So Happy Together ... Companion Planting

Patty McDermitt
Adams County Master Gardener

Companion planting is based on the idea that certain plants benefit when other plants are in close proximity. Some plants repel certain pests, others invite pests, and some are good for the soil, while others have higher yields when planted near their "companions".

As I have learned, companion planting is easy and very beneficial to our success in the garden. As I planned my vegetable garden, I selected plants and their location to maximize my space. In doing so, I accidentally made decisions that were good for my garden and I was able to reap the benefits. I did not have one unwanted pest in my garden this year and boy did it produce some delicious vegetables.

Companion planting is not a new concept. There is some evidence of ancient Roman farmers using companion planting. In North America, Native American Indians used the "Three Sisters Concept". For example, the Iroquois Indians planted corn, squash and beans together. The benefits are high-yield, high-quality crops with minimal impact on the environment. Corn offers the structure for the beans to climb on, beans help to replenish the soil with nutrients and the large leaves of squash vines provide mulch that conserves water and reduces weeds. Native American tribes made enormous contributions to the food that we still eat today and played a key role in the survival of all people in North American.

Here are some companion techniques to use in your garden:

Mix up Monocrops - Growing a lot of one crop - use smaller plots and include one other vegetable. Example: Plant tomatoes and include scented marigolds or onions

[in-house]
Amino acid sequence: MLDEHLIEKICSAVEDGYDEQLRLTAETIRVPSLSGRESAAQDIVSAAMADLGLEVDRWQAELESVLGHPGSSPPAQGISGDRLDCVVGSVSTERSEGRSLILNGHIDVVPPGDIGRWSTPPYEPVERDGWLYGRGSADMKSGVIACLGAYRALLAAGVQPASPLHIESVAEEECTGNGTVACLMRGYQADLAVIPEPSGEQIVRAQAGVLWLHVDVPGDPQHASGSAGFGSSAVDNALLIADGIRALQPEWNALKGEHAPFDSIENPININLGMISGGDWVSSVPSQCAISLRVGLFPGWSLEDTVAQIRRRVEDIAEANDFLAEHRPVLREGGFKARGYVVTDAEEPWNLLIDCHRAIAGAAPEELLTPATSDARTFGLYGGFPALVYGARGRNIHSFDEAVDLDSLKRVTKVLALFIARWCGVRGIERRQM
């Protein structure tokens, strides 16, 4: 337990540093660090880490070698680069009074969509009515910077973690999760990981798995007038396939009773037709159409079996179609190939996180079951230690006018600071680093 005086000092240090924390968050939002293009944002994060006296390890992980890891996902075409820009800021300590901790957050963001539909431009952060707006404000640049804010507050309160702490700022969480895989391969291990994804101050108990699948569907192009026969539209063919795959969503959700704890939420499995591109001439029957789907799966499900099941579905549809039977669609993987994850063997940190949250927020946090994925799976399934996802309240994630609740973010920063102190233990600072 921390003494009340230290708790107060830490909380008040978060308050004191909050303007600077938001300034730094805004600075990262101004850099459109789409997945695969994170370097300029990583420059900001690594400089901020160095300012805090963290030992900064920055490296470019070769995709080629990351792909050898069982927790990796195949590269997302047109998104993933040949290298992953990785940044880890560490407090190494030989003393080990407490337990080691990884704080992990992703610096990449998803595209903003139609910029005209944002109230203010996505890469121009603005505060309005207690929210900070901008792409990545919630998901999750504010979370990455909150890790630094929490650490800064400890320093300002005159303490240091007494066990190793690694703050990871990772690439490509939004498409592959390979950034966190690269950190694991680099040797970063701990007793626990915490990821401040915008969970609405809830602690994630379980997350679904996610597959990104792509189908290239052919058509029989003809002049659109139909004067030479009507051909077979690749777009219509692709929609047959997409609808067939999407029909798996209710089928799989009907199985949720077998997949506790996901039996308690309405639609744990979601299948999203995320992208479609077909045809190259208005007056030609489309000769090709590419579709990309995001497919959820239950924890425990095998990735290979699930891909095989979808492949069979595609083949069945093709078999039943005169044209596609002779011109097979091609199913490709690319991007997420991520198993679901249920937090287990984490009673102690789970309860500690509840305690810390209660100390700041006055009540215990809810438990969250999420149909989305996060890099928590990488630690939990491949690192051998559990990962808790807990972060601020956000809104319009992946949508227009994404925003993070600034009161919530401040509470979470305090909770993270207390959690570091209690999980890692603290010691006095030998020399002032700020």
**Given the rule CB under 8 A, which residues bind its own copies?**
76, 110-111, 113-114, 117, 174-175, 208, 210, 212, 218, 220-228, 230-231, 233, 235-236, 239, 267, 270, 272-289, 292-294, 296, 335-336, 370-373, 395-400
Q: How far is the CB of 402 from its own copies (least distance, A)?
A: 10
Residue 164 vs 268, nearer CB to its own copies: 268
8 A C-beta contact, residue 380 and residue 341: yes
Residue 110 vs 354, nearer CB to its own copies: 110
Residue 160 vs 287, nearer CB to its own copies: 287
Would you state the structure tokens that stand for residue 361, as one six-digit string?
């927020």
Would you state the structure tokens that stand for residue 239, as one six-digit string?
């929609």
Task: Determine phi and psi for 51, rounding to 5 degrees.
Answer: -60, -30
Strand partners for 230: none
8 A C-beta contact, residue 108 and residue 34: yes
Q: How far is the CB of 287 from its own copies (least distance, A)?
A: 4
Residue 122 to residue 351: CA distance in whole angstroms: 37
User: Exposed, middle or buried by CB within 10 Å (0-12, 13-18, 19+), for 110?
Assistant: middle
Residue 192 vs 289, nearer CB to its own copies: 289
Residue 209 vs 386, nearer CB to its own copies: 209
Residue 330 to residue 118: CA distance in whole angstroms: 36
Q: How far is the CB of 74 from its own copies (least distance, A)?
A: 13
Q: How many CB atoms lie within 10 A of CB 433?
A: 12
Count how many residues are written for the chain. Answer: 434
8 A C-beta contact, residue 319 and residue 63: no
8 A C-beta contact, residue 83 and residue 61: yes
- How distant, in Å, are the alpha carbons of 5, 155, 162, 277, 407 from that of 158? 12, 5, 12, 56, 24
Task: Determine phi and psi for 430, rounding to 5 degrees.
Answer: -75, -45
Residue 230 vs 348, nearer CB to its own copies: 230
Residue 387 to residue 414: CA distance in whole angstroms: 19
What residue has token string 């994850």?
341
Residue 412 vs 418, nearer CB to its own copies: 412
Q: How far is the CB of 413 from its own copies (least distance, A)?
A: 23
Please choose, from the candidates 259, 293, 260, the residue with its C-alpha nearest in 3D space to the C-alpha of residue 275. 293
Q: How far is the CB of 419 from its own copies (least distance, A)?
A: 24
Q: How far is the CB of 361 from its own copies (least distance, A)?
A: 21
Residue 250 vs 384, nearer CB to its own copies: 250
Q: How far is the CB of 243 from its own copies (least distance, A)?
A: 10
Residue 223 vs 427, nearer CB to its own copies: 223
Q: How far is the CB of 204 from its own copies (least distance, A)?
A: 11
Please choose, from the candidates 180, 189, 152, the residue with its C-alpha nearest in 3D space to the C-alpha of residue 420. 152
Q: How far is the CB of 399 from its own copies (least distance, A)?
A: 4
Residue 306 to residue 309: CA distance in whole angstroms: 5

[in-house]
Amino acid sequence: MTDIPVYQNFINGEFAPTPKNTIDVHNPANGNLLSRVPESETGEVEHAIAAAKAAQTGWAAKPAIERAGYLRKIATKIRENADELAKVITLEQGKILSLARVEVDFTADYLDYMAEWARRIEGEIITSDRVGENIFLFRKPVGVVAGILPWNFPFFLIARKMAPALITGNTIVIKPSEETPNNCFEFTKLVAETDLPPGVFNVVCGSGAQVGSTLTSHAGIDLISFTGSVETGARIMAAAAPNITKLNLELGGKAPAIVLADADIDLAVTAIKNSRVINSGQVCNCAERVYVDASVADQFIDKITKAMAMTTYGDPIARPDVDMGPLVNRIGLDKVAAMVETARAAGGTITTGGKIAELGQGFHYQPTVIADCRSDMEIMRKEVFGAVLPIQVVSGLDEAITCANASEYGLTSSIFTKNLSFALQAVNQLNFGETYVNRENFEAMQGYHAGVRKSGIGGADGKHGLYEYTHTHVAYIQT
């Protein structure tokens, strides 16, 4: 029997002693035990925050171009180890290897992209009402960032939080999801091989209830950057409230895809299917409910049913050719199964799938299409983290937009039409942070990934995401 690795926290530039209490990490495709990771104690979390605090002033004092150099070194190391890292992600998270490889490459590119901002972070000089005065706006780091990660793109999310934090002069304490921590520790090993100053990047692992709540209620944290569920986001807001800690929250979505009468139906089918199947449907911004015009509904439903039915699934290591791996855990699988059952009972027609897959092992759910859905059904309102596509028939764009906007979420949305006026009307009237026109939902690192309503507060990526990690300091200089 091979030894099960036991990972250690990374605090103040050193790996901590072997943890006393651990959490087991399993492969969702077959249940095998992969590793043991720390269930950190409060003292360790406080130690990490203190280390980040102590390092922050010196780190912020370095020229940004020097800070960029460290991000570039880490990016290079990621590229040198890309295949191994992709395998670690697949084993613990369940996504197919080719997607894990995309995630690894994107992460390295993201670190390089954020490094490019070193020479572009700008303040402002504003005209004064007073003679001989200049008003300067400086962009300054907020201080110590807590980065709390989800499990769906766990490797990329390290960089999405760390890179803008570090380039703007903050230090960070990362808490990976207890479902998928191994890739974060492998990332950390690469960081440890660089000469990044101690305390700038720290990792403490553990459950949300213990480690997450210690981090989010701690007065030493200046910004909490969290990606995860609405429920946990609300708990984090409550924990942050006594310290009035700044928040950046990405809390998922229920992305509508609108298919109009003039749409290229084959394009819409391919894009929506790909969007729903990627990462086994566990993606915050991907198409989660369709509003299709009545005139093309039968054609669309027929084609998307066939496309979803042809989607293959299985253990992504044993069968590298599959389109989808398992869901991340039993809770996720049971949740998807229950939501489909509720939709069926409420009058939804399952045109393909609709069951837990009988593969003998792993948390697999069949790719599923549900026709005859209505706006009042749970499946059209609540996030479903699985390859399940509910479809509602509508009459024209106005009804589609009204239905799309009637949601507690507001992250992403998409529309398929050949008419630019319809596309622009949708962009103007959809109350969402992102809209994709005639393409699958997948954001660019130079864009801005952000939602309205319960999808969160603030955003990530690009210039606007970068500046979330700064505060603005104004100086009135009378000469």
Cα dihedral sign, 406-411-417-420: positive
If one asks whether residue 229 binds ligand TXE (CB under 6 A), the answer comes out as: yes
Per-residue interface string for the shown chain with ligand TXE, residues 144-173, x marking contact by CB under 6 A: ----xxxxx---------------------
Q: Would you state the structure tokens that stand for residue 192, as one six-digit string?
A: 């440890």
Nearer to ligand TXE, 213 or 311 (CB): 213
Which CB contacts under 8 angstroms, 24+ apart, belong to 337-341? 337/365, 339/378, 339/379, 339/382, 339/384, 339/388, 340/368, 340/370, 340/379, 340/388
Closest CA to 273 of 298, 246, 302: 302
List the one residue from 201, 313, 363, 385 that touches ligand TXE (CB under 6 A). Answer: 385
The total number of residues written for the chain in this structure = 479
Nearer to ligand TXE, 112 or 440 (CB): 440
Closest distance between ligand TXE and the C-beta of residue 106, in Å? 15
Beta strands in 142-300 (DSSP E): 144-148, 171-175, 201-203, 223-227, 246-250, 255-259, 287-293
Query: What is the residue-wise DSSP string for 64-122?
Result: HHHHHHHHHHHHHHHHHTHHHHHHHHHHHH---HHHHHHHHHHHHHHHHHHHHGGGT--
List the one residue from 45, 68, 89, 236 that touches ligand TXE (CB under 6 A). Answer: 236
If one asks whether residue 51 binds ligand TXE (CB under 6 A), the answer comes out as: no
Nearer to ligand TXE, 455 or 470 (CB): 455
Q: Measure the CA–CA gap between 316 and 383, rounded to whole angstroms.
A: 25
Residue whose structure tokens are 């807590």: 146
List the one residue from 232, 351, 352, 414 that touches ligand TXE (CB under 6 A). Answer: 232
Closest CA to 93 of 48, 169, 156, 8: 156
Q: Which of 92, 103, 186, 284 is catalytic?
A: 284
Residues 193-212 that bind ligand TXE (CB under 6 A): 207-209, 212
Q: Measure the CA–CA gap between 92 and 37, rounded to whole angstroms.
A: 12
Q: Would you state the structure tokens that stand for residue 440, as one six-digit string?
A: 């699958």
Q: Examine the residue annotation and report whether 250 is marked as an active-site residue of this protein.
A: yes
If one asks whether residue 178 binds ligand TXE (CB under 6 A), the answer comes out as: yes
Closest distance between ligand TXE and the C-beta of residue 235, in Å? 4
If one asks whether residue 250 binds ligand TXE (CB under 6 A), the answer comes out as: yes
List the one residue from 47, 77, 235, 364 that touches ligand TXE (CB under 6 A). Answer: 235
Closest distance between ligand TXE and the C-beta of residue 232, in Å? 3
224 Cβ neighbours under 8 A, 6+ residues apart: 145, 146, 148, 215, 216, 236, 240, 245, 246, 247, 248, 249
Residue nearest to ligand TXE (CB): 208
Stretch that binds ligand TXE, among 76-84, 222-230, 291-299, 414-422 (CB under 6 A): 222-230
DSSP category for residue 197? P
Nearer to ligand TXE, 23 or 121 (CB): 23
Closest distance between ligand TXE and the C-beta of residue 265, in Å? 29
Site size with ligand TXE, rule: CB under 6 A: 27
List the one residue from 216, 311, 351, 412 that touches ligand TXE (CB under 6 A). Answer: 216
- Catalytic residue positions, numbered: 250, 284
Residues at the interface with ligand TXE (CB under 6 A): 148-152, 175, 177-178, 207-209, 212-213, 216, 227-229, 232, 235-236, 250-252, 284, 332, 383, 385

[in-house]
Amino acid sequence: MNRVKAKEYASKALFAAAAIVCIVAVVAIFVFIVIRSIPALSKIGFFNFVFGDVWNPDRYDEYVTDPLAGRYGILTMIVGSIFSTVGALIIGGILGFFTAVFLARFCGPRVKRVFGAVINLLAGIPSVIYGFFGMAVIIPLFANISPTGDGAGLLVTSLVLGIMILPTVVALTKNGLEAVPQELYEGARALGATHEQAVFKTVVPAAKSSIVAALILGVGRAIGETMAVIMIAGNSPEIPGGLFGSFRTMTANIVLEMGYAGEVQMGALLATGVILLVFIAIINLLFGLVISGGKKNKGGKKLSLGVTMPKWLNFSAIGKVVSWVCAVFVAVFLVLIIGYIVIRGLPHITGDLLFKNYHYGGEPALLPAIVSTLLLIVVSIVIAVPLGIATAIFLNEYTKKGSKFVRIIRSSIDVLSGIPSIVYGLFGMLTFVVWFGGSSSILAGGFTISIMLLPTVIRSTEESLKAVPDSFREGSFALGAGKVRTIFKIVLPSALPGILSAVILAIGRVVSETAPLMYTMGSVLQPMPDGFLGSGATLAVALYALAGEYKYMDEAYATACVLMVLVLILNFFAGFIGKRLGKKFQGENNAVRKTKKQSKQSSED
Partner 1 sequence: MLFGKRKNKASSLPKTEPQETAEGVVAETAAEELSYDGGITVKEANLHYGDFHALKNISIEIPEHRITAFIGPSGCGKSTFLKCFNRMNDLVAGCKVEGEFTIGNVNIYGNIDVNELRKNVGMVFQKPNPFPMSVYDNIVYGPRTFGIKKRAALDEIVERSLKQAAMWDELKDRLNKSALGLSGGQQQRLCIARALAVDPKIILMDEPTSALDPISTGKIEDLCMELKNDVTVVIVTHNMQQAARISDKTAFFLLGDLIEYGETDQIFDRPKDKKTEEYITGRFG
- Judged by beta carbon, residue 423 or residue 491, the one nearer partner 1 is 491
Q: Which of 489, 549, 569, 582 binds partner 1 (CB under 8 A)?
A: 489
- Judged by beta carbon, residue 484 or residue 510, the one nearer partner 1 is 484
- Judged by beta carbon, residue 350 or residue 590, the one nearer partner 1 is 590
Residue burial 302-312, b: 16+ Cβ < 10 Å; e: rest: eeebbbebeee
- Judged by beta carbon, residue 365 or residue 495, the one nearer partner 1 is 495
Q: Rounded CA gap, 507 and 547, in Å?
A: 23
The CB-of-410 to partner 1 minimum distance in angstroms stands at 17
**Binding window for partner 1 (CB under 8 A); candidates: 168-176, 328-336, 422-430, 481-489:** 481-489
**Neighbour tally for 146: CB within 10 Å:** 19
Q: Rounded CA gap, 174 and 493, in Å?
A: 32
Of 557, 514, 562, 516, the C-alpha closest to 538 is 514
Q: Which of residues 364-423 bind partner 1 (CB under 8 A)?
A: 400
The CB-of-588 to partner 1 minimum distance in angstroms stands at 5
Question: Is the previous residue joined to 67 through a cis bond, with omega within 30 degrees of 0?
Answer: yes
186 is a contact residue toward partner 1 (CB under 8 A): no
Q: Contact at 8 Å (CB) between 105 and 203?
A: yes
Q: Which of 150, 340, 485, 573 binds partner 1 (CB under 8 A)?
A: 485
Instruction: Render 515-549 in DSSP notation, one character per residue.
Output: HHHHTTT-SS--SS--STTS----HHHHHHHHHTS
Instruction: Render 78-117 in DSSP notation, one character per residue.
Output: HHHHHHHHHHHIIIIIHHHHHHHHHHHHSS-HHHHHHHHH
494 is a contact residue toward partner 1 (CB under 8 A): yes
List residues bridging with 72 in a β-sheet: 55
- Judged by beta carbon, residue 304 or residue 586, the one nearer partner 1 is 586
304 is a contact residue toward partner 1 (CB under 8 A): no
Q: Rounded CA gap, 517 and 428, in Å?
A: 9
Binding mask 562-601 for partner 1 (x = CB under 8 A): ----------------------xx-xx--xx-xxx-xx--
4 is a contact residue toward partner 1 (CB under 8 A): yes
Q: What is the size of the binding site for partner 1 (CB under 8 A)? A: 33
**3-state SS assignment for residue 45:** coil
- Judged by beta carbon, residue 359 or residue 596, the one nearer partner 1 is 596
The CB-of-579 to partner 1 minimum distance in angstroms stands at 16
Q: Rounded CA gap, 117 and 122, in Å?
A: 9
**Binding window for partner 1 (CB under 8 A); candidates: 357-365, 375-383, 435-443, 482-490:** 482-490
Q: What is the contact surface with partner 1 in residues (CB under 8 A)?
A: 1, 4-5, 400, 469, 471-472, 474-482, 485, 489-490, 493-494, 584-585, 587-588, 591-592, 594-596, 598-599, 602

Interplant Herbs and Flowers - Plant flowers and herbs among your vegetables. By doing so you can attract beneficial insects and birds which will act as natural predators to the pests you don't want. Herbs can also confuse pests so they leave your crop alone. Example: Plant garlic among your roses.

Provide Refuge for Beneficial Bugs - Create habitats for creatures that prey on the pests. Examples of beneficials: are toads, lizards, snakes, birds and various insects.

Know Your Weeds - Work to identify weeds and wildflowers that appear in your garden so you know which ones will attract native beneficial organisms.

Benefits of companion planting include:

  • Hide or mask crops from pests
  • Produce odors that deter pests
  • Provide trap crops which draw pests away for other plants
  • Provide nurse plants that act as a breeding ground for beneficial insects
  • Provide food to sustain good bugs
  • Create habitat for favorable creatures
  • Use fewer insecticides and herbicides.

As in life, there are plants that should not be companions. Here are a couple of examples of plants NOT to place near each other in the garden.

  • Carrots and dill
  • Tomatoes and anything from the cabbage family
  • Bush beans and onions
  • Cabbage family and strawberries
  • Corn and tomato

There are many resources to help you select your garden vegetables and give you examples of garden layouts to use. One example is "Carrots Love Tomatoes" by Louise Riotte. Another one is "Great Garden Companions: A Companion-Planting System for a Beautiful, Chemical-Free Vegetable Garden" by Sally Jean Cunningham.

Once you use this technique in your garden, it may be pest-free for years to come. ..And don't we have enough pests in our lives anyway?

Read other articles on ecological gardening & native plants

Read other article by Patty McDermitt